Hillary Clinton crosses her fingers as she talks with a worker at Galvanize, a learning community for technology, in Denver. REUTERS/Rick Wilking(reuters_tickers)
By Julia Edwards and Adam DeRose
WASHINGTON (Reuters) - U.S. Attorney General Loretta Lynch, seeking to tamp down a firestorm over meeting with former President Bill Clinton, said on Friday she will accept the recommendations of career prosecutors and the FBI director on whether to charge Hillary Clinton for mishandling emails.
The United States' top law enforcement officer, however, stopped short of saying she would recuse herself from the investigation of the Democratic presidential candidate.
"I will be informed of those findings, as opposed to never reading them or never seeing them, but I will be accepting their recommendations and their plan for going forward," Lynch said.
She was responding to questions from a Washington Post journalist who was introducing a talk by Lynch at the Aspen Ideas Festival, a gathering of government, technology and other business leaders in Aspen, Colorado.
Republicans, including presumptive Republican presidential nominee Donald Trump, have said a political appointee like Lynch should not be involved in the email investigation and that the Monday night meeting with Bill Clinton shows Lynch is too close to the Clintons.
With a regretful tone, Lynch said on Friday she would not privately meet with Bill Clinton again and that she understood how the meeting "casts a shadow" over the perception of the Justice Department's probe into Hillary Clinton's email use.
The attorney general said she has received many questions about her role in the investigation and "whether someone who was a political appointee would be involved in deciding how to investigate."
Republican lawmakers have called for an independent investigation of Hillary Clinton's use of a private email server while secretary of state, saying the Obama administration's Justice Department could not be free of bias.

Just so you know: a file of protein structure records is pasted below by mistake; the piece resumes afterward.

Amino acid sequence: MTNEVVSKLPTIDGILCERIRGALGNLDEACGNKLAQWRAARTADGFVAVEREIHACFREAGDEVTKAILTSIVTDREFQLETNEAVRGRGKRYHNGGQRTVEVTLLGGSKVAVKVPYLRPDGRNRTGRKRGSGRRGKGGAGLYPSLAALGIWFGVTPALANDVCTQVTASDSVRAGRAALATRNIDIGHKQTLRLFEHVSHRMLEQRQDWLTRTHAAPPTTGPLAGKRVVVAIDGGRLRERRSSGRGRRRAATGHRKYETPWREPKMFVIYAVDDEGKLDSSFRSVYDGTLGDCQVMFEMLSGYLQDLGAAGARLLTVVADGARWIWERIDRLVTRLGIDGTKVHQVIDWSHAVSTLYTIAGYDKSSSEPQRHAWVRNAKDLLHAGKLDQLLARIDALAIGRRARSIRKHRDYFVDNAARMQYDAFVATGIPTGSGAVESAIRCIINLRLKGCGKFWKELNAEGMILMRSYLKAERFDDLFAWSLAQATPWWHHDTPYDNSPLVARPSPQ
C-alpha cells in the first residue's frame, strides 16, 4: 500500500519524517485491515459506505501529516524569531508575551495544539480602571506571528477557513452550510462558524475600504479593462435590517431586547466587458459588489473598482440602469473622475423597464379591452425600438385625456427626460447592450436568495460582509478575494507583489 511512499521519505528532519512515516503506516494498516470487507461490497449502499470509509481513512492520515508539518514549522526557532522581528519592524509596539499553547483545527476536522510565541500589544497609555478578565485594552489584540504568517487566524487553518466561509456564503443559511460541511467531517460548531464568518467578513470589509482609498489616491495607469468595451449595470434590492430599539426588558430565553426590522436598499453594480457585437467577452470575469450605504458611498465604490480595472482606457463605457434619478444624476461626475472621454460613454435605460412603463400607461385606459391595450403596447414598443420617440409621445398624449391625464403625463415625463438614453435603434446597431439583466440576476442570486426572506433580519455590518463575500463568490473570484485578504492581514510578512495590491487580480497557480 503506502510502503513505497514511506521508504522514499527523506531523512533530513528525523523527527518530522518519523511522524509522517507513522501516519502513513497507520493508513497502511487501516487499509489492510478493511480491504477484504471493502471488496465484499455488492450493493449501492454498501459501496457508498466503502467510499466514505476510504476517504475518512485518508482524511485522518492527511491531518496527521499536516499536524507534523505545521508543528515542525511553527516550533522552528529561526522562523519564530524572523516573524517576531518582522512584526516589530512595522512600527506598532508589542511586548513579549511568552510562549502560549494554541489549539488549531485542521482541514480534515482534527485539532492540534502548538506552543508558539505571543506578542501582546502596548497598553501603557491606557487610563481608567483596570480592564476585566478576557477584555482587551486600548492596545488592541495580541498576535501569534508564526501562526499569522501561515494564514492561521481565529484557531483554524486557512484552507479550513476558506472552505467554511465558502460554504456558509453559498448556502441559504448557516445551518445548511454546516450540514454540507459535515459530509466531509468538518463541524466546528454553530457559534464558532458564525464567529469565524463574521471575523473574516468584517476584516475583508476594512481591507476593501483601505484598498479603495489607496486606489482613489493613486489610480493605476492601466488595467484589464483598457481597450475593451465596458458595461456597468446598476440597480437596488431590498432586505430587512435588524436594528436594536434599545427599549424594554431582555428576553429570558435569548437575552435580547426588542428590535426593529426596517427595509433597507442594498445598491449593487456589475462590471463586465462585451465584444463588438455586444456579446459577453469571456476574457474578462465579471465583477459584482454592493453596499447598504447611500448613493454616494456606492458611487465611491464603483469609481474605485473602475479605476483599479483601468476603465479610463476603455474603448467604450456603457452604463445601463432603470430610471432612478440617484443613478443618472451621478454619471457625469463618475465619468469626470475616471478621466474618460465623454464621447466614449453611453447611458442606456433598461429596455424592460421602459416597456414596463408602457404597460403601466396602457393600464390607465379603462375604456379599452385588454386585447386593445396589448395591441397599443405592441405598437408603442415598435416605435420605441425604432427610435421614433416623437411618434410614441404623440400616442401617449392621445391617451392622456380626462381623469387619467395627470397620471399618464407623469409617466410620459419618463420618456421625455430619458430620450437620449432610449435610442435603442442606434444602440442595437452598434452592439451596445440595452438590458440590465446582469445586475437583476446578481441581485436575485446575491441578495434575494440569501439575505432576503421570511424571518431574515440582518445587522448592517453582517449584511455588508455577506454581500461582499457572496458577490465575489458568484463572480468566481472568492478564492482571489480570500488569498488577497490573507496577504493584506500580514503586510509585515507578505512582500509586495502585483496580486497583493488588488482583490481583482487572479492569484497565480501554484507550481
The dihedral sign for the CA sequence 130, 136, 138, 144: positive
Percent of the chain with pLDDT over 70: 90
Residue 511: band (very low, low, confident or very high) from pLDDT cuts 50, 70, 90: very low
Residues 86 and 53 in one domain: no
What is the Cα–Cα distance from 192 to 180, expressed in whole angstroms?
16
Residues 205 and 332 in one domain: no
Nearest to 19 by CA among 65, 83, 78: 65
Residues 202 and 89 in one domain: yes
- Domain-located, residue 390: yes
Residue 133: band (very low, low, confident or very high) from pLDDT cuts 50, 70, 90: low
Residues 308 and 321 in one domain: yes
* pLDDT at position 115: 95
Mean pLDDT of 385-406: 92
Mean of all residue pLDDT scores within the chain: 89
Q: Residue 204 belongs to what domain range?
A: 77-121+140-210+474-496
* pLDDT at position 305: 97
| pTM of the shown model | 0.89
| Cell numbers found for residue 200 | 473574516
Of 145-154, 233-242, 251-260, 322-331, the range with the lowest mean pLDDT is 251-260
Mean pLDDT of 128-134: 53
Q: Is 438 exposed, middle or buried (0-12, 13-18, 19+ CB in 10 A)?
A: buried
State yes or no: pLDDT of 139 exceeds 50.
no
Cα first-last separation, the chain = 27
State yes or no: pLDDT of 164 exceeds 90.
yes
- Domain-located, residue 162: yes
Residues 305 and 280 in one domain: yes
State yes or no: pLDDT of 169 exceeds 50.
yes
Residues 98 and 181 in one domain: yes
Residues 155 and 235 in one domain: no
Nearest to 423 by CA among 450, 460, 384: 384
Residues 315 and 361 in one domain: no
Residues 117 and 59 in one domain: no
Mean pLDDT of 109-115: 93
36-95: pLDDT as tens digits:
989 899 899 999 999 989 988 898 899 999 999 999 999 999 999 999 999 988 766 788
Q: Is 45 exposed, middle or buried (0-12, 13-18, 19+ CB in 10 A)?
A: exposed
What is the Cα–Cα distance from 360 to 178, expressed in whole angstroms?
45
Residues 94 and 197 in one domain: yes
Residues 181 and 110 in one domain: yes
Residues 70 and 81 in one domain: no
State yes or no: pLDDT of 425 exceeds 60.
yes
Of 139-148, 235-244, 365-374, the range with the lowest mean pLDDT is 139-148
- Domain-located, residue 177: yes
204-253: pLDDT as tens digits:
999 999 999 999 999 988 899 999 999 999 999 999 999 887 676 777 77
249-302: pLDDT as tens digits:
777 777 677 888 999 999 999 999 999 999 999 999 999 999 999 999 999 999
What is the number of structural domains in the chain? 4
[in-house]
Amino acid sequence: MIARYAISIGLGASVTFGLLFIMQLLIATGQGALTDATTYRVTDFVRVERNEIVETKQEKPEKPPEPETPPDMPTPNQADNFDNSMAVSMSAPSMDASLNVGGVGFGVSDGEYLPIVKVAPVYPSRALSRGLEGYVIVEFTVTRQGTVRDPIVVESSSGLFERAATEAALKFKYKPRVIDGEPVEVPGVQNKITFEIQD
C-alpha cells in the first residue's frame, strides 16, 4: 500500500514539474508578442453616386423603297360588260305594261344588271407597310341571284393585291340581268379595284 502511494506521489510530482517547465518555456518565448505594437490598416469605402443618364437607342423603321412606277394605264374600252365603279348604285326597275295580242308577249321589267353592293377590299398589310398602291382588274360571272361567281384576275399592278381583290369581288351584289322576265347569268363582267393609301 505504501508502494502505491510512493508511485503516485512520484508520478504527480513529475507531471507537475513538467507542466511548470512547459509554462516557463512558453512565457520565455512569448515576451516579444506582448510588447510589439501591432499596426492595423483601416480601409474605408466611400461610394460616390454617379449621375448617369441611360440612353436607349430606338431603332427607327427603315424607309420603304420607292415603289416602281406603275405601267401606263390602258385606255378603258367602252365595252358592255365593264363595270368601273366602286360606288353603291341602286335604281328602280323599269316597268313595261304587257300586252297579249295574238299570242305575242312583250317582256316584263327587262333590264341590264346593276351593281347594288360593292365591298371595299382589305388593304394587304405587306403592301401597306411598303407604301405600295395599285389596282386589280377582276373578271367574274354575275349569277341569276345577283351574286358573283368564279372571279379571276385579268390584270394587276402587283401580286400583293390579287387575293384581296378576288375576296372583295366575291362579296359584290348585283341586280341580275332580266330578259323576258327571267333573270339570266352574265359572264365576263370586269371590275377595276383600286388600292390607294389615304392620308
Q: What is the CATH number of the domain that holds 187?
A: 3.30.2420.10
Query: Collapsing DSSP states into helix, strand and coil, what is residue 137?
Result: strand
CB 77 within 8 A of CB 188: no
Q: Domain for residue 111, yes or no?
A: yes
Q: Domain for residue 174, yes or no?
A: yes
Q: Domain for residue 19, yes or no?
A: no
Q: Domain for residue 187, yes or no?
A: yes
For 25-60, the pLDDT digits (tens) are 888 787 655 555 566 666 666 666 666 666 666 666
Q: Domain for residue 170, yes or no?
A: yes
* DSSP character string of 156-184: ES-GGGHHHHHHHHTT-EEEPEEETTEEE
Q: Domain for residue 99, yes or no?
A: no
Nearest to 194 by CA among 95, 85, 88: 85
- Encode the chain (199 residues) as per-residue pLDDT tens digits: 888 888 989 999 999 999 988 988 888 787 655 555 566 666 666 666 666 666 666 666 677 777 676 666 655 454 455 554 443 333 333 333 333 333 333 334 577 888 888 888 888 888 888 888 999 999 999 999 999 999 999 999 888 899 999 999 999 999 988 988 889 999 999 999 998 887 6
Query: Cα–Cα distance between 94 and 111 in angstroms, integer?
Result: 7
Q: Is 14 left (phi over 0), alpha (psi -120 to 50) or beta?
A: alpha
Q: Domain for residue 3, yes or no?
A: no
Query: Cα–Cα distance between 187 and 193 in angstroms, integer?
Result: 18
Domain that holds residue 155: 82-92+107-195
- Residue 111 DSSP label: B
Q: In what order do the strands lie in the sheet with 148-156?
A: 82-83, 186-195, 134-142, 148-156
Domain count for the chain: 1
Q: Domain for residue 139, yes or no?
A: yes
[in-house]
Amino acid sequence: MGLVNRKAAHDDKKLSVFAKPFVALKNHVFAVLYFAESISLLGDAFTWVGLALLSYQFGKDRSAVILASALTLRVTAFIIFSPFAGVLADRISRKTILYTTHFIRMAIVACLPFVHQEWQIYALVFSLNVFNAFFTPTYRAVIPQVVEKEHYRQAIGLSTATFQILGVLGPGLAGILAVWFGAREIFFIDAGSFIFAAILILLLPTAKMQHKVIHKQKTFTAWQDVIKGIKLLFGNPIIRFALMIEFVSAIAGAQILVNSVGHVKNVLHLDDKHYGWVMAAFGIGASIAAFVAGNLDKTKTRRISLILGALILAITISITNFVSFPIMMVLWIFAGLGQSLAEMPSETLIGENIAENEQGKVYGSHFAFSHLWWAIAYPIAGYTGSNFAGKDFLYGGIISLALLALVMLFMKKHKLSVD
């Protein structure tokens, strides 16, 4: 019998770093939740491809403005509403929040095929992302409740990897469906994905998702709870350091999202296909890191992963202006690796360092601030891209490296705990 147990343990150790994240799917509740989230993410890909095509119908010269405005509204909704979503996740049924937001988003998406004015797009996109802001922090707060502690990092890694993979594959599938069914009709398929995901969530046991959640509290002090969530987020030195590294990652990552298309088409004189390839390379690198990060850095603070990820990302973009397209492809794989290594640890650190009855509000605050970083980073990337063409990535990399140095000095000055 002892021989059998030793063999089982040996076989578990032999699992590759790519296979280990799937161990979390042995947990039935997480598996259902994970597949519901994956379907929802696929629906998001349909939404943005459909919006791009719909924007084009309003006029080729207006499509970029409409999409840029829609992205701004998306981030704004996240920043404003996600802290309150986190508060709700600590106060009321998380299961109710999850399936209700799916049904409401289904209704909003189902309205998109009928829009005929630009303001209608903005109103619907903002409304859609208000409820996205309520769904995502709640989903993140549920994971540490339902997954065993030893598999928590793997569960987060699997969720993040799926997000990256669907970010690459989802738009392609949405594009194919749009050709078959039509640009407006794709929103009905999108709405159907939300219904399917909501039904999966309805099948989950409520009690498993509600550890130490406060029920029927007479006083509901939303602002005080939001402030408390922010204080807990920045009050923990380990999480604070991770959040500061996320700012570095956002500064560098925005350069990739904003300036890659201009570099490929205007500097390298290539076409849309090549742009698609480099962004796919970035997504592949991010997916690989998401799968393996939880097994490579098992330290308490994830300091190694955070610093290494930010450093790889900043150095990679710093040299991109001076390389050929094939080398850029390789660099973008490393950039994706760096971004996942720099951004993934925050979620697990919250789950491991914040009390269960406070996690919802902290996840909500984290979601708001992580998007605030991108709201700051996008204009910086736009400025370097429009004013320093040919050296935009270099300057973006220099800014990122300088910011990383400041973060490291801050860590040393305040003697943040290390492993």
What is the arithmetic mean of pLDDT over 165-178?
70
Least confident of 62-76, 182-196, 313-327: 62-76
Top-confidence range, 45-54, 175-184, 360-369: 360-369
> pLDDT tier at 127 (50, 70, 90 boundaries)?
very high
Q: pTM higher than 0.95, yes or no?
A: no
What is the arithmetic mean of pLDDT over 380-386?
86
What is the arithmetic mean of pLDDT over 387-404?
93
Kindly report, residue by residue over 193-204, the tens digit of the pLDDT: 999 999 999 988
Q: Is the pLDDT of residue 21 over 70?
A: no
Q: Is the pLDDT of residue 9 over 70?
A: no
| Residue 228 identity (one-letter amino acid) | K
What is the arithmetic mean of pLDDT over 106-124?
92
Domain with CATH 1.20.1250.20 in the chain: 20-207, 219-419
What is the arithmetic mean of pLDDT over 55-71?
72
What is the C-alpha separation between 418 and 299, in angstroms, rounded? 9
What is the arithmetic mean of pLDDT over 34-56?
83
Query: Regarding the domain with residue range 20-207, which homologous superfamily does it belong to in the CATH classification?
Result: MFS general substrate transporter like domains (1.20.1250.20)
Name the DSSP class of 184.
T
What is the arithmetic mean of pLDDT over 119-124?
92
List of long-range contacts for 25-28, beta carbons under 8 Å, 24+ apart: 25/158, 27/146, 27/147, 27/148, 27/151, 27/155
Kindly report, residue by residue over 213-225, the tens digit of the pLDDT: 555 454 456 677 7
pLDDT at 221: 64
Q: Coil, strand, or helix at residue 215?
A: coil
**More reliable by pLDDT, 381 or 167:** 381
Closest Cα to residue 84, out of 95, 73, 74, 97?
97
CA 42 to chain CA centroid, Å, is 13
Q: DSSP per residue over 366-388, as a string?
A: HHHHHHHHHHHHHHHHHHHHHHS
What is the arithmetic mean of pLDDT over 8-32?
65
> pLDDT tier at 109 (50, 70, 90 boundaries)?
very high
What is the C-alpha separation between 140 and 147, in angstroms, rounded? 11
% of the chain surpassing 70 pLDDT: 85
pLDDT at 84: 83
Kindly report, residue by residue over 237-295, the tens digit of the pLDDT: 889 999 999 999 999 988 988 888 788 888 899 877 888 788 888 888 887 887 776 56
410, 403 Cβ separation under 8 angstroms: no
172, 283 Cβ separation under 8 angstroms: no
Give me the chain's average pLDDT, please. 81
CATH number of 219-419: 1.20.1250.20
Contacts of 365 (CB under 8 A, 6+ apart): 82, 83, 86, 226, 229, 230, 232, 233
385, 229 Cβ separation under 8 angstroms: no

In Washington, White House spokesman Josh Earnest told a daily news briefing that the investigation is being handled completely independently of the White House and President Barack Obama.
Lynch was appointed by the Democratic president and sworn in on April 1, 2015, well after Hillary Clinton left Obama's Cabinet in 2013.
Career prosecutors are not appointed by a president and may serve through different administrations. The FBI director is appointed by the president but is not part of his Cabinet and is considered apolitical.
Lynch said on Friday that she had already decided to accept whatever recommendations prosecutors presented her before her meeting with Bill Clinton.
The private meeting with the former president took place on Lynch's plane after she landed in Phoenix on Monday night. Bill Clinton was leaving the airport after a rally for his wife earlier that day.
Lynch told reporters earlier this week that she did not discuss the email probe or other matters pending before the Justice Department with Bill Clinton, calling their meeting "primarily social."
The FBI is investigating Hillary Clinton's email use and whether laws were broken as a result of a personal email server kept in her Chappaqua, New York, home while she was secretary of state, an issue that has overshadowed her campaign.
She apologised last year for using the server, saying that while she did nothing wrong, she should have used two email accounts: one for State Department business and another for personal matters.
Representatives for her campaign could not be reached immediately for comment on Friday.
Trump on Thursday called Lynch's meeting "a sneak" and questioned the judgement of both Bill Clinton and the attorney general.
In a tweet on Friday, the wealthy businessman said the meeting showed the U.S. political system was "totally rigged" and that Hillary Clinton had bad judgement.
"Bill's meeting was probably initiated and demanded by Hillary!" Trump said on Twitter.
The Justice Department, along with the White House, has said the probe should be free of political interference.
(Reporting by Julia Edwards and Adam DeRose; Writing by Susan Heavey; Editing by Jeffrey Benkoe and Jonathan Oatis)